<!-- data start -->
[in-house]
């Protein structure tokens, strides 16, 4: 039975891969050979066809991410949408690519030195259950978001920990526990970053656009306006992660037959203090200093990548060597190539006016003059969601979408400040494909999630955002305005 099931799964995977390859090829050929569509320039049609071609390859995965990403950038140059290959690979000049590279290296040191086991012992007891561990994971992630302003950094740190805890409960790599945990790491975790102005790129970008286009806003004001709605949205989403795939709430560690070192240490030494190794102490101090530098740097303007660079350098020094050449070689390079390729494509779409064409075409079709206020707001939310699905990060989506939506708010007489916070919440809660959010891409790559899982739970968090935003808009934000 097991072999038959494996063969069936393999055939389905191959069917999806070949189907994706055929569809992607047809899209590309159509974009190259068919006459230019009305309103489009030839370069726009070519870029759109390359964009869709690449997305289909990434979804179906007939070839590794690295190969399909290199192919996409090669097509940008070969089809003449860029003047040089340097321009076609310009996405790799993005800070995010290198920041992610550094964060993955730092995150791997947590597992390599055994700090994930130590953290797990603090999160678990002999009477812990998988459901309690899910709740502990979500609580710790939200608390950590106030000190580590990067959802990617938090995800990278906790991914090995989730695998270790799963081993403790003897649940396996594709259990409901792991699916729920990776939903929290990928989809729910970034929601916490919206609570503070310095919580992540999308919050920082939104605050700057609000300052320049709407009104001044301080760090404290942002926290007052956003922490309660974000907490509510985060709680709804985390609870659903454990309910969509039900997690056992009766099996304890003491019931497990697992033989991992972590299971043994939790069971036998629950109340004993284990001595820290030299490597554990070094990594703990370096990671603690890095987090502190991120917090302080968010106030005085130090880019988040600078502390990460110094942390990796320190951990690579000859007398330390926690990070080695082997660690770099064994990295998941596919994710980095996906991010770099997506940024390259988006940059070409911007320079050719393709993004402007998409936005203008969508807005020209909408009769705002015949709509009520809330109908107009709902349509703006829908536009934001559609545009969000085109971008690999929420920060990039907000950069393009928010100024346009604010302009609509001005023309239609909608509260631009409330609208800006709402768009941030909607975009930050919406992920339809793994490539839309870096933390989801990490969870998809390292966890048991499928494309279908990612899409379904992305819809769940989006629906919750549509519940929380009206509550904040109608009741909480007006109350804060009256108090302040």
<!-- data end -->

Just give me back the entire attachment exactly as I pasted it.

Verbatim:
[in-house]
């Protein structure tokens, strides 16, 4: 039975891969050979066809991410949408690519030195259950978001920990526990970053656009306006992660037959203090200093990548060597190539006016003059969601979408400040494909999630955002305005 099931799964995977390859090829050929569509320039049609071609390859995965990403950038140059290959690979000049590279290296040191086991012992007891561990994971992630302003950094740190805890409960790599945990790491975790102005790129970008286009806003004001709605949205989403795939709430560690070192240490030494190794102490101090530098740097303007660079350098020094050449070689390079390729494509779409064409075409079709206020707001939310699905990060989506939506708010007489916070919440809660959010891409790559899982739970968090935003808009934000 097991072999038959494996063969069936393999055939389905191959069917999806070949189907994706055929569809992607047809899209590309159509974009190259068919006459230019009305309103489009030839370069726009070519870029759109390359964009869709690449997305289909990434979804179906007939070839590794690295190969399909290199192919996409090669097509940008070969089809003449860029003047040089340097321009076609310009996405790799993005800070995010290198920041992610550094964060993955730092995150791997947590597992390599055994700090994930130590953290797990603090999160678990002999009477812990998988459901309690899910709740502990979500609580710790939200608390950590106030000190580590990067959802990617938090995800990278906790991914090995989730695998270790799963081993403790003897649940396996594709259990409901792991699916729920990776939903929290990928989809729910970034929601916490919206609570503070310095919580992540999308919050920082939104605050700057609000300052320049709407009104001044301080760090404290942002926290007052956003922490309660974000907490509510985060709680709804985390609870659903454990309910969509039900997690056992009766099996304890003491019931497990697992033989991992972590299971043994939790069971036998629950109340004993284990001595820290030299490597554990070094990594703990370096990671603690890095987090502190991120917090302080968010106030005085130090880019988040600078502390990460110094942390990796320190951990690579000859007398330390926690990070080695082997660690770099064994990295998941596919994710980095996906991010770099997506940024390259988006940059070409911007320079050719393709993004402007998409936005203008969508807005020209909408009769705002015949709509009520809330109908107009709902349509703006829908536009934001559609545009969000085109971008690999929420920060990039907000950069393009928010100024346009604010302009609509001005023309239609909608509260631009409330609208800006709402768009941030909607975009930050919406992920339809793994490539839309870096933390989801990490969870998809390292966890048991499928494309279908990612899409379904992305819809769940989006629906919750549509519940929380009206509550904040109608009741909480007006109350804060009256108090302040």